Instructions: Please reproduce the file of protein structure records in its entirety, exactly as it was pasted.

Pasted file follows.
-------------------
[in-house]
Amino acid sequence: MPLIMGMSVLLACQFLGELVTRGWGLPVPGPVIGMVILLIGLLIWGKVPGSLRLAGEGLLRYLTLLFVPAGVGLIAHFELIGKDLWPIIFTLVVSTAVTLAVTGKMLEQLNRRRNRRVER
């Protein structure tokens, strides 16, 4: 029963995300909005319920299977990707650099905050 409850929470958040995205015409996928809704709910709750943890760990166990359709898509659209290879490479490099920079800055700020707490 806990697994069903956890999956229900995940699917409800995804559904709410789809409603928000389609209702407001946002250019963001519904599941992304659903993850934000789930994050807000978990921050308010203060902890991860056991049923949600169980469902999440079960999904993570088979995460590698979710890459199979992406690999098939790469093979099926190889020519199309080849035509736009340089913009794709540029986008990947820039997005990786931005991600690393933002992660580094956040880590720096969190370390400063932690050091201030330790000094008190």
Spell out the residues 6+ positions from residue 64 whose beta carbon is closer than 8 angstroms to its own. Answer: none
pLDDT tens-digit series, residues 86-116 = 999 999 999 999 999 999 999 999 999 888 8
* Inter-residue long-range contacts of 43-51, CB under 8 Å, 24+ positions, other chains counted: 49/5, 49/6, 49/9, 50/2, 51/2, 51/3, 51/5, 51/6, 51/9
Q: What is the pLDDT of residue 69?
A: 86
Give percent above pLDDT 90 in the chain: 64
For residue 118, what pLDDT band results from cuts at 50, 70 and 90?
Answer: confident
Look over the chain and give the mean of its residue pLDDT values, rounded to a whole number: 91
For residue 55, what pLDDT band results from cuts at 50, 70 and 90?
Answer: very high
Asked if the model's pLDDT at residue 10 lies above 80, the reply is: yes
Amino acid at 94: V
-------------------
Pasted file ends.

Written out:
[in-house]
Amino acid sequence: MPLIMGMSVLLACQFLGELVTRGWGLPVPGPVIGMVILLIGLLIWGKVPGSLRLAGEGLLRYLTLLFVPAGVGLIAHFELIGKDLWPIIFTLVVSTAVTLAVTGKMLEQLNRRRNRRVER
């Protein structure tokens, strides 16, 4: 029963995300909005319920299977990707650099905050 409850929470958040995205015409996928809704709910709750943890760990166990359709898509659209290879490479490099920079800055700020707490 806990697994069903956890999956229900995940699917409800995804559904709410789809409603928000389609209702407001946002250019963001519904599941992304659903993850934000789930994050807000978990921050308010203060902890991860056991049923949600169980469902999440079960999904993570088979995460590698979710890459199979992406690999098939790469093979099926190889020519199309080849035509736009340089913009794709540029986008990947820039997005990786931005991600690393933002992660580094956040880590720096969190370390400063932690050091201030330790000094008190």
Spell out the residues 6+ positions from residue 64 whose beta carbon is closer than 8 angstroms to its own. Answer: none
pLDDT tens-digit series, residues 86-116 = 999 999 999 999 999 999 999 999 999 888 8
* Inter-residue long-range contacts of 43-51, CB under 8 Å, 24+ positions, other chains counted: 49/5, 49/6, 49/9, 50/2, 51/2, 51/3, 51/5, 51/6, 51/9
Q: What is the pLDDT of residue 69?
A: 86
Give percent above pLDDT 90 in the chain: 64
For residue 118, what pLDDT band results from cuts at 50, 70 and 90?
Answer: confident
Look over the chain and give the mean of its residue pLDDT values, rounded to a whole number: 91
For residue 55, what pLDDT band results from cuts at 50, 70 and 90?
Answer: very high
Asked if the model's pLDDT at residue 10 lies above 80, the reply is: yes
Amino acid at 94: V